Pennington: In a way, it’s the most difficult thing to translate, because you can’t really find a parallel for it. You can understand that she goes into service, and, once she’s in that role of Cesario with Orsino, then somehow modern audiences don’t have much difficulty. What is difficult is the disguising of herself as a man. Of course, you can say that in order to survive she has to compete in a man’s world, but that’s a particular political tilt on the play. Boy actors inhabit a world we’re completely shut out from, even though we make occasional attempts to get back into it. There was an all-male ‘As You Like It’, for instance that was very successful, but those are adult male actors. In Kabuki, the actor playing the woman is a grown-up male, not a boy actor. In the Mousetrap play in ‘Hamlet’, the Queen is commonly played by a boy or a very young actor: then you get somewhere close to it. But, by and large, we’re truly excluded from whatever the erotic charge might have been in the Elizabethan theatre.


I can’t claim to have found a chiming parallel to the cross-dressing in ‘Twelfth Night’. All I can offer is the possibility hinted at by Viola at one point later on, when it’s as if she wanted to become her brother. She says, “I my brother know yet living in my glass.” There’s something meaningful in that, and you can catch it. Because the loss of the brother is obviously devastating for her, she dresses like him, pretends to be him. There’s an emotional compulsion to identify with someone who’s lost, someone whom she misses. That can be quite a strong thing for Viola to play.


Brailow: Do you find the rough treatment of Malvolio problematic?


Pennington: Even as far back as the letter scene, which is a great comic tour de force, one must never forget that this is a man being eavesdropped on in his most private moments. He nurses this feeling about Olivia, which is perhaps an unattractive and slightly fetid feeling, but nevertheless it is real enough to him. And the rhapsody that enters into him when he thinks mistakenly that she loves him is not so very far from Romeo; it’s just expressed through his rather peculiar and bureaucratic style. Something very cruel is being done to him. It’s like looking through someone’s bathroom window. So, even there, the comedy’s absolutely on a knife edge, it seems to me. And from that point on, while enjoying his discomfiture, you increasingly begin to wonder what he’s done to deserve it. Of course, he’s been insufferable in that household. Of course, he’s tried to stop the cakes and ale. Of course, he’s engaged in a search for power within the structure of Olivia’s house. But he’s not killed anybody. He’s not committed any fantastic crime. Finally, of course he’s tormented by Feste playing Sir Topas in the prison, which is genuine cruelty. His exit line is a real chiller at the end of the play. It’s always very cruel and deeply complicated, Shakespearean comedy – it’s never blithe comedy – and Malvolio’s an absolute tragic case in point.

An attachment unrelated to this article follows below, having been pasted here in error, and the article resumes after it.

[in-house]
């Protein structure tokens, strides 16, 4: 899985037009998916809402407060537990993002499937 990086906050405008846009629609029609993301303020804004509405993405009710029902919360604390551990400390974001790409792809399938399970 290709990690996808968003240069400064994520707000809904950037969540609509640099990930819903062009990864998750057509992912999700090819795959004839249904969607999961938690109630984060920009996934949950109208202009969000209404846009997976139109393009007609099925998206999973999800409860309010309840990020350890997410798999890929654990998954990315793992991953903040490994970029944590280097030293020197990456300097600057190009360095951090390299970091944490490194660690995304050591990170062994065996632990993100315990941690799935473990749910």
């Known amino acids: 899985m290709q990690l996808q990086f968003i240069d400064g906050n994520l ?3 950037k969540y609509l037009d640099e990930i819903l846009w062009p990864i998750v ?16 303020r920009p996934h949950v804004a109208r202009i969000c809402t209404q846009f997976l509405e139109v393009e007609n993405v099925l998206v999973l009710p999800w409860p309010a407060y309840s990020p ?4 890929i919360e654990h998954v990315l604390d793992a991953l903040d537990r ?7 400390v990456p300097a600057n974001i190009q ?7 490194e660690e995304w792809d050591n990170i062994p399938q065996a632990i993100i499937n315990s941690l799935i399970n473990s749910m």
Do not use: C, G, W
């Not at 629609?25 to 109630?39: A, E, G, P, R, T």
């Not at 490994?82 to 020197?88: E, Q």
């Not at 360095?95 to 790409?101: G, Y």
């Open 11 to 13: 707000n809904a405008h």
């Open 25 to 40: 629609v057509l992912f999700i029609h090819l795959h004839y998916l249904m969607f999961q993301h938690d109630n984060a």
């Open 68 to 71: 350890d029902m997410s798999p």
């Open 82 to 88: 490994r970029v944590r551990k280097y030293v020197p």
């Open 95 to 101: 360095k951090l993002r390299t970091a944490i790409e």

On the other hand, he would have been an ominous figure to the Elizabethans: the new Puritan. We’ve lost the charge of that and tend to get only the comedy. In the ESC production, I actually had Malvolio come back at the end and close the theatre. This may have had to do with my own preoccupation at the time about attitudes to the theatre in Britain, so I may have been slightly biased in putting that in, but I think there was Shakespearean truth in it. We have our own puritans, or lay-puritans. They’re the people who would close the theatres. They are the forces that would stop us doing what we do, and they have to be identified.


Brailow: How does Feste fit into your sense of the play as hovering between tragedy and comedy?